health problems as “loonies” and “nutters” passes largely without

Adrian Thomas, of mental health charity Mind and NIMHE anti-stigma
board member, says: “The problem is that the Press Complaints
Commission doesn’t really have any teeth and its guidelines are too
open to interpretation. Stuff in the tabloids is a million miles
behind broadcast media.”

Peter Beresford, chair of national user group Shaping Our Lives,
adds: “I don’t think the problem lies with the public. There needs
to be a focused campaign on those groups such as the tabloid press
who would have the public think badly of mental health

Training on the issue will be delivered in journalism colleges and
there will be a drive to encourage mental health service users to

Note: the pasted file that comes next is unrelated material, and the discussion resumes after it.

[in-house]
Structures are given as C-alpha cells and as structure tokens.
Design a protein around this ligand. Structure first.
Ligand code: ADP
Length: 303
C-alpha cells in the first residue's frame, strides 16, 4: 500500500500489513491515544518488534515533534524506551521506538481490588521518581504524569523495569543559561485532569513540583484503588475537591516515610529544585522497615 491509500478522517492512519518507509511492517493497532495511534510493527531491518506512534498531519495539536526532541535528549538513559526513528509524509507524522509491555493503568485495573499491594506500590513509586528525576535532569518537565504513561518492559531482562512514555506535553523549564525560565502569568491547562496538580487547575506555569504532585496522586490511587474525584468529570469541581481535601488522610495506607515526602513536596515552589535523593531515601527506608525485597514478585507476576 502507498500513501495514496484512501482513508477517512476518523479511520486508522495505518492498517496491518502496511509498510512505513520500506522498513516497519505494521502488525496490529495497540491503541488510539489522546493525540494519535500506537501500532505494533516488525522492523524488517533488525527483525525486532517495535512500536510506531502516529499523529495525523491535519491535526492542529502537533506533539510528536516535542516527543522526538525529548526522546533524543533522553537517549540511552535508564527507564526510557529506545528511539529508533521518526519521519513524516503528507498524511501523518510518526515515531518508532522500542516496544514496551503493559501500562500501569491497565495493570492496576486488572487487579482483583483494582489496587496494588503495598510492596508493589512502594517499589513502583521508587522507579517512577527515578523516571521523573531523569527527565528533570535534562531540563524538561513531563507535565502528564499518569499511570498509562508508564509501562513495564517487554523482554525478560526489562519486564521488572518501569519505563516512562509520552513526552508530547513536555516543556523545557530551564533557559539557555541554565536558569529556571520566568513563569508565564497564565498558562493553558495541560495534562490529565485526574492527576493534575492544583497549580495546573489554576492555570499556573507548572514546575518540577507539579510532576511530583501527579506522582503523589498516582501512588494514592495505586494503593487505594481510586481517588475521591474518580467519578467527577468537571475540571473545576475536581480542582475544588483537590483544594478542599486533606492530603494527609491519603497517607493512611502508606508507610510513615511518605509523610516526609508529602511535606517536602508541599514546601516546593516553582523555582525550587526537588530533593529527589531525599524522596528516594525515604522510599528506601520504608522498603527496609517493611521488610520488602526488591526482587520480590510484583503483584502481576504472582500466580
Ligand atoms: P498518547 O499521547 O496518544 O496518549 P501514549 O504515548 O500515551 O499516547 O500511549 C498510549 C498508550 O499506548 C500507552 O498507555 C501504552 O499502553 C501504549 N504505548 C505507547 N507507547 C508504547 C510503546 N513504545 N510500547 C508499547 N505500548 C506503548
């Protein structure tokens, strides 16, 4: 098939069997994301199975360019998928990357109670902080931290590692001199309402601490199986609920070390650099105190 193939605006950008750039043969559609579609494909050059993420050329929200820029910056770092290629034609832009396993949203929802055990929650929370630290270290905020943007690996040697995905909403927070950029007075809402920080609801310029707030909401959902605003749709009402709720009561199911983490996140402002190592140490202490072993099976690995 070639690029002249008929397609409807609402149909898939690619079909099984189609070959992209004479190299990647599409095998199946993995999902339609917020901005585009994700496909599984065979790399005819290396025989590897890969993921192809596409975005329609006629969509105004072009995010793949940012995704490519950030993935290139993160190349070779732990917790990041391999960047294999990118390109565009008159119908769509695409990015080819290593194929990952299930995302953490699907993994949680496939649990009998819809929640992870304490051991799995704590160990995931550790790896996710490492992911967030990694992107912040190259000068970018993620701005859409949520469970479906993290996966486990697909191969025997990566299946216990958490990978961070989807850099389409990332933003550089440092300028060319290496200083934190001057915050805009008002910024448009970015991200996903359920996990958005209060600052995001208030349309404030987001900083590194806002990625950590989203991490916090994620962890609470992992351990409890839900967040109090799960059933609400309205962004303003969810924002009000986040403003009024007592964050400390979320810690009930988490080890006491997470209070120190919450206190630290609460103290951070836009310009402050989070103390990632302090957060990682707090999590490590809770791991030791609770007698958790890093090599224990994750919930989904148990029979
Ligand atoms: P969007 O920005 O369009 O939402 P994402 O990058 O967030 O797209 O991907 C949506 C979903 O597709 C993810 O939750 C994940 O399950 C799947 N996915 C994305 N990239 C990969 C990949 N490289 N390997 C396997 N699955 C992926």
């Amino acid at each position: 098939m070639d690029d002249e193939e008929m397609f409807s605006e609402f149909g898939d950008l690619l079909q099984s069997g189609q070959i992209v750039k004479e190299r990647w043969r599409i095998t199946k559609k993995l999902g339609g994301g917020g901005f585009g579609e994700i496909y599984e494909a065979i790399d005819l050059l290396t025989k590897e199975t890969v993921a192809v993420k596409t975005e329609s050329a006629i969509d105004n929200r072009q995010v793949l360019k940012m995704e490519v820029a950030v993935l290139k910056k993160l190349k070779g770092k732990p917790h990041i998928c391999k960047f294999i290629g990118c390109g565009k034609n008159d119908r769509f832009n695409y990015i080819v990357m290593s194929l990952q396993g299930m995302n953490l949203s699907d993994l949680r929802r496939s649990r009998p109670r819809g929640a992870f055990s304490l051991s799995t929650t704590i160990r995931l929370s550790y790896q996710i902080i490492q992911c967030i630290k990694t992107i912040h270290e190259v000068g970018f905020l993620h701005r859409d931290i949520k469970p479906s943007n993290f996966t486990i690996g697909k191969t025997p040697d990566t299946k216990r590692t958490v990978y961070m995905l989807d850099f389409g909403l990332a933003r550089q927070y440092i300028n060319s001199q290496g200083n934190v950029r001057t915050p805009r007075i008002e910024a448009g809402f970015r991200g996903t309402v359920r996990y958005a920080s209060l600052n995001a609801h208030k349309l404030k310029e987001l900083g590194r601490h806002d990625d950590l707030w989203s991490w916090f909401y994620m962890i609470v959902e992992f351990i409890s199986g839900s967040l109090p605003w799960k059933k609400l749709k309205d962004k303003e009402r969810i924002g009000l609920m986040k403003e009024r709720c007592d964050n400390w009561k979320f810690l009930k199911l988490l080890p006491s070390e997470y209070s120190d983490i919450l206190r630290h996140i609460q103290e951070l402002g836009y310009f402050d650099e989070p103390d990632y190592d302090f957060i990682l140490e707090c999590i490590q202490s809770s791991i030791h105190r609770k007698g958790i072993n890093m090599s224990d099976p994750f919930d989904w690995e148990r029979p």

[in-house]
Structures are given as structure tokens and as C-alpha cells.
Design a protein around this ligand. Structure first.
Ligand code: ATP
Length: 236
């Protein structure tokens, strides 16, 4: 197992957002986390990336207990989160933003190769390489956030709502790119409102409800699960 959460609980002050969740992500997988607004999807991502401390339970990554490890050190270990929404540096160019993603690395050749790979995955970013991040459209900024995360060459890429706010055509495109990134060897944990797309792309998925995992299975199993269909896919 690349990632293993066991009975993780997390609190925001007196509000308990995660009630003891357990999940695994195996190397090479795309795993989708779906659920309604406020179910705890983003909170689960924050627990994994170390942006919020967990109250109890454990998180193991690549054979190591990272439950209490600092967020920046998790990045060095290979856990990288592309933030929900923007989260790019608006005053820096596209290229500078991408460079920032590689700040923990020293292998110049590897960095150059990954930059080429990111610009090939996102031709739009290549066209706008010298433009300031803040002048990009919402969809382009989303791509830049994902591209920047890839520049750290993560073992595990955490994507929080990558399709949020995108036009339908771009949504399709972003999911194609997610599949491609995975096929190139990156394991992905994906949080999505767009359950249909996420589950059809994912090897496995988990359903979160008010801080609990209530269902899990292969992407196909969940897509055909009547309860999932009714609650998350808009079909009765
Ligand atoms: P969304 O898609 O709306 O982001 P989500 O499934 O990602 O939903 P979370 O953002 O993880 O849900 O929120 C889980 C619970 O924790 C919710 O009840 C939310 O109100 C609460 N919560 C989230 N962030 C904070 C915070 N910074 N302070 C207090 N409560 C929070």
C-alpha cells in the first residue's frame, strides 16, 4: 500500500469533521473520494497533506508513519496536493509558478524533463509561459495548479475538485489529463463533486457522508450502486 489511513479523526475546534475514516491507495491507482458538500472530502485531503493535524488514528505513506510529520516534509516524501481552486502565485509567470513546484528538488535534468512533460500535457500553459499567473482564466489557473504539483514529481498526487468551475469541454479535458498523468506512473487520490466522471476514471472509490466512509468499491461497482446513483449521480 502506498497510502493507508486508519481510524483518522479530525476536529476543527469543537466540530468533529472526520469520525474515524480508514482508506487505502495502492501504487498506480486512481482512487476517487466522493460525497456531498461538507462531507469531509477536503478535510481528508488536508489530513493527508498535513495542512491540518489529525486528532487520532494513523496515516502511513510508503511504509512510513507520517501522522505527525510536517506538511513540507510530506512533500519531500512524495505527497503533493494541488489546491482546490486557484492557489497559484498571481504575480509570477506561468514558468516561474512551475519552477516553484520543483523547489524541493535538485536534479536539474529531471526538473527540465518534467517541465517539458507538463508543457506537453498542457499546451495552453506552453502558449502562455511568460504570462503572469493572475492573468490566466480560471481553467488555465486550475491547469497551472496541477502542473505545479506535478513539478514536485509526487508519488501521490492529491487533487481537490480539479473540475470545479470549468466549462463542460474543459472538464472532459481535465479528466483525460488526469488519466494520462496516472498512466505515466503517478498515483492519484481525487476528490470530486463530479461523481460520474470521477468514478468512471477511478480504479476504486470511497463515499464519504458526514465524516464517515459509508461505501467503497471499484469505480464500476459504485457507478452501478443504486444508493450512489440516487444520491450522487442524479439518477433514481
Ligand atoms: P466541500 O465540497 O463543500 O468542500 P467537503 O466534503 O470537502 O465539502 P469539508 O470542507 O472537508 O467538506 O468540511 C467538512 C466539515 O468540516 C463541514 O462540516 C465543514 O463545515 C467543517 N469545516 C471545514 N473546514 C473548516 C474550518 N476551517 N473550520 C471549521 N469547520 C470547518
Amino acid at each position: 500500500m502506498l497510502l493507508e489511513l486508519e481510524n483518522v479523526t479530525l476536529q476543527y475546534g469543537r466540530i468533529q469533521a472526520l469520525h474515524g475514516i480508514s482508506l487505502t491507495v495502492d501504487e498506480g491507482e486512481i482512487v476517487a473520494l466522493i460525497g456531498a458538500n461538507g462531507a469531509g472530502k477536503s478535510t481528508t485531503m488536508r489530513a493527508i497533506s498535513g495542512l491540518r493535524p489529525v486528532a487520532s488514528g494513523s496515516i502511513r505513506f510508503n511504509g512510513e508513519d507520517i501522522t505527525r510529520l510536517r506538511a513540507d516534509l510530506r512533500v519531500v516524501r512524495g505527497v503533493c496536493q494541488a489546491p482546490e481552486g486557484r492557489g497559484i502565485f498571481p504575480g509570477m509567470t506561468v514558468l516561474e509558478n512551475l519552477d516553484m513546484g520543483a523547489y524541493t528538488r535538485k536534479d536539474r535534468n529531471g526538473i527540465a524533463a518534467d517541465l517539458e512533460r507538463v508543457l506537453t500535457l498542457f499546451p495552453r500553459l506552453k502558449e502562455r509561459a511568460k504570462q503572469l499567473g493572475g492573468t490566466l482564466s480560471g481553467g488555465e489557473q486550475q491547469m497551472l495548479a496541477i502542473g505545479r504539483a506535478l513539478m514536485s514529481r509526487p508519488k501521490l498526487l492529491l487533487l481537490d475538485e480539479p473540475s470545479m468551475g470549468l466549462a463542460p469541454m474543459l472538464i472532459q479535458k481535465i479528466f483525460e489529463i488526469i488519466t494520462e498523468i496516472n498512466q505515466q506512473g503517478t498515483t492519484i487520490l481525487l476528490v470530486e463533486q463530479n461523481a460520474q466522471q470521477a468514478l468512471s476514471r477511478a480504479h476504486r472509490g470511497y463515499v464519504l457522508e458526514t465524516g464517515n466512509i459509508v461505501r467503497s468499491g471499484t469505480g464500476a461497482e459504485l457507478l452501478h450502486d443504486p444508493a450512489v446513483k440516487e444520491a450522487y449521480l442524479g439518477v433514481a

take up jobs in the media as part of the campaign.

Beresford says it is important that the campaign is shaped by
service users “so the public identify with real people” rather than

He says the idea for a speakers’ bureau to recruit, support and
train people with mental health problems to become spokespeople for
the programme, is a good one. But, given support, he says existing
service user groups could do the job rather than “inventing”
something new.

Conspicuous by its absence from the programme are measures to
tackle discrimination within the benefits system, a perennial
problem often cited by mental health users.

Fear of losing benefits if a return to work is unsuccessful can
prevent people who have experienced mental health problems
attempting to find work.

Gil Hitchon, chief executive of mental health support charity Maca,
says: “I am not convinced we will see the level of change needed in